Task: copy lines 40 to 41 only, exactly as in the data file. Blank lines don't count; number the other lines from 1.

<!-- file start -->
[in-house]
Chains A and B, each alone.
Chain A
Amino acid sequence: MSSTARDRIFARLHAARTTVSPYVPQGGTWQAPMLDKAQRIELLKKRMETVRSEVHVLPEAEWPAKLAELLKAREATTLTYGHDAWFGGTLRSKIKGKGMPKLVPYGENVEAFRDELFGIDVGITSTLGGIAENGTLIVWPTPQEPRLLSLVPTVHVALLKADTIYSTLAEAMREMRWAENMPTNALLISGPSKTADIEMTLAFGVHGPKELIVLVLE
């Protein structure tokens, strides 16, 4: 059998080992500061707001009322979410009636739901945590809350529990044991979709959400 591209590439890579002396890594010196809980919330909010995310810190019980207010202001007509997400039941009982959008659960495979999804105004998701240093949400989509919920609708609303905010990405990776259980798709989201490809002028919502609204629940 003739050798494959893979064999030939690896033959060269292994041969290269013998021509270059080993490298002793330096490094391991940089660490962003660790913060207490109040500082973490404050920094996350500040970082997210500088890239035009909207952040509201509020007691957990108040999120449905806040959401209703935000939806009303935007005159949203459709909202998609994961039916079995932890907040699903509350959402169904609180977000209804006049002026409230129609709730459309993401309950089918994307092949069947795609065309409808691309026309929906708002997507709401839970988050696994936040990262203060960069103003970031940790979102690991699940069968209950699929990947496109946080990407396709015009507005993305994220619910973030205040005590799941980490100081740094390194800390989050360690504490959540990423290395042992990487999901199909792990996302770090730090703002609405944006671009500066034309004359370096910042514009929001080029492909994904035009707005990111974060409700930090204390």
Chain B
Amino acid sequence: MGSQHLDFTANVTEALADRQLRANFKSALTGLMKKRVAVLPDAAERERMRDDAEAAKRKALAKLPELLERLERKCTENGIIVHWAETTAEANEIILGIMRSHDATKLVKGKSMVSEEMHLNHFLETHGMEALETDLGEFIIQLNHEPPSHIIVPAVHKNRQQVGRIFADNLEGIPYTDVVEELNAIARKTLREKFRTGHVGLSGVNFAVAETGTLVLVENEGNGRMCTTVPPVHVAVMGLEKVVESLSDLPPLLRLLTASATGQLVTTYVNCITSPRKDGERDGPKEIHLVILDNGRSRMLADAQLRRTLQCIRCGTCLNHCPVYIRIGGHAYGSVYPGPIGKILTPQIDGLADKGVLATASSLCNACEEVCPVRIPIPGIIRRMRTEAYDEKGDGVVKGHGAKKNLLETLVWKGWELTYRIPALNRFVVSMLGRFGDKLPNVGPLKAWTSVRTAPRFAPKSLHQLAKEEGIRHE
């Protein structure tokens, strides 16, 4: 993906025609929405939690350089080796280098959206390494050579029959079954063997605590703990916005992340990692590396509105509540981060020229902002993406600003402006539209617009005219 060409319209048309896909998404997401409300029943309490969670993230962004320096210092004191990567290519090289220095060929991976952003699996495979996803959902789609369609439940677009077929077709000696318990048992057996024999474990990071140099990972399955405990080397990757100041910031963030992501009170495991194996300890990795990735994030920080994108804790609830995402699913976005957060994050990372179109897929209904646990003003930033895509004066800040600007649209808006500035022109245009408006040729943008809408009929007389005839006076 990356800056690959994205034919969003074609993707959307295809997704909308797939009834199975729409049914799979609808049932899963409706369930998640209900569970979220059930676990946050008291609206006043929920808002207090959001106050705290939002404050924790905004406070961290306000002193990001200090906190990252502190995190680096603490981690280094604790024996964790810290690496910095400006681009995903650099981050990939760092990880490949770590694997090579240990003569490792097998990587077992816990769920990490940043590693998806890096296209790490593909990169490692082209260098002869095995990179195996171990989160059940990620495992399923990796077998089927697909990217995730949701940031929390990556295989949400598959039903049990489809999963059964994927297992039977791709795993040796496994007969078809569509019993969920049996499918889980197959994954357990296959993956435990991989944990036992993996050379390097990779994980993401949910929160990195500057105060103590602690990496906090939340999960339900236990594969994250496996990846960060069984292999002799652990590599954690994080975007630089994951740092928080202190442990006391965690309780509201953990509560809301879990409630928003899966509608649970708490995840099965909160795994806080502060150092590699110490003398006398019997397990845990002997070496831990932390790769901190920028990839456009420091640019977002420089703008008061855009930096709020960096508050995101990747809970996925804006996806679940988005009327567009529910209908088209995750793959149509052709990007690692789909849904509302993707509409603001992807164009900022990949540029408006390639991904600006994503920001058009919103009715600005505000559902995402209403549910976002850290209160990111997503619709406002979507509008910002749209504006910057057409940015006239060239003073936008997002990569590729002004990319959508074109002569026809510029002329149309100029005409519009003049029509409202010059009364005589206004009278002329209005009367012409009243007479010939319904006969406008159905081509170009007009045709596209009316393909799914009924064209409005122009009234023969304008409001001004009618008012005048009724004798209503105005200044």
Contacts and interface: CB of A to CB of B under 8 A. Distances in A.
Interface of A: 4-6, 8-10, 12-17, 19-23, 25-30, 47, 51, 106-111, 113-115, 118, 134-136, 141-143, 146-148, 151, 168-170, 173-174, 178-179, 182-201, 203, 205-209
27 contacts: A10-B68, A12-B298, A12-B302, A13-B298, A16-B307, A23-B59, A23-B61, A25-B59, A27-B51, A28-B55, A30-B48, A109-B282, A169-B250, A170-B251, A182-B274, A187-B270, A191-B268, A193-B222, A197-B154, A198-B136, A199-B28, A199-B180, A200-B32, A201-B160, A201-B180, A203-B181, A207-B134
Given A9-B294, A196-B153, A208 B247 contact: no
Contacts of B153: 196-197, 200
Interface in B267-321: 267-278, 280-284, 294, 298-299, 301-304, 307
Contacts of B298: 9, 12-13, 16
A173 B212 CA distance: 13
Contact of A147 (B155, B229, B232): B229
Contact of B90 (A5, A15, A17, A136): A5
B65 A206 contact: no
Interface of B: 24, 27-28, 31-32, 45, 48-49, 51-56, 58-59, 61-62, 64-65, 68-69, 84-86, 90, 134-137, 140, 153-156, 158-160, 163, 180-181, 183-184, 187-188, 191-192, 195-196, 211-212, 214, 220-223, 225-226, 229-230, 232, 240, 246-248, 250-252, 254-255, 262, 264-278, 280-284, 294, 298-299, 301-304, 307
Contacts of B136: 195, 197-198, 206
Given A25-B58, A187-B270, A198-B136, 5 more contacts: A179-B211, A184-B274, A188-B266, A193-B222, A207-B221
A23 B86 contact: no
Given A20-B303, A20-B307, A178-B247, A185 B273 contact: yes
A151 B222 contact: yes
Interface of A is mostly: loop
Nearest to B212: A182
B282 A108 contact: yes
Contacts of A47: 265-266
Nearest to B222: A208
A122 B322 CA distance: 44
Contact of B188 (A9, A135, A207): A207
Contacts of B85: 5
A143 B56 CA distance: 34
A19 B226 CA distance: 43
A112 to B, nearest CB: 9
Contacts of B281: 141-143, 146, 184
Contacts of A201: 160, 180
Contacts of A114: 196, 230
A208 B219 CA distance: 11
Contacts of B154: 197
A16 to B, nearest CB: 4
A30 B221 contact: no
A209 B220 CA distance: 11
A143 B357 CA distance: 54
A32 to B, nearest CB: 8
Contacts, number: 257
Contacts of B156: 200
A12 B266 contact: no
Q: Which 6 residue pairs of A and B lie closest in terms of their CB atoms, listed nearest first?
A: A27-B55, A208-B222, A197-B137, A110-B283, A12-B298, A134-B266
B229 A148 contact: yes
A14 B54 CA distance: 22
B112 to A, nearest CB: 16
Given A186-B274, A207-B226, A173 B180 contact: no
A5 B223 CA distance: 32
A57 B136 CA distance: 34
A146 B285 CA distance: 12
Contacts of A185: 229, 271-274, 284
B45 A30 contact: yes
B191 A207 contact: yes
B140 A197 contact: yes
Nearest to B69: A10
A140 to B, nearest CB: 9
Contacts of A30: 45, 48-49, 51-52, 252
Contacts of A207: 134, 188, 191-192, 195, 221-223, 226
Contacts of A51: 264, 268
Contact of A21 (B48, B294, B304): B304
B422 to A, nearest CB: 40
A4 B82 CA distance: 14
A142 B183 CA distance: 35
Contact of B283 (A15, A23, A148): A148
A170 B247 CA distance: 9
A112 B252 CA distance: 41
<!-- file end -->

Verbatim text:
A208 B219 CA distance: 11
Contacts of B154: 197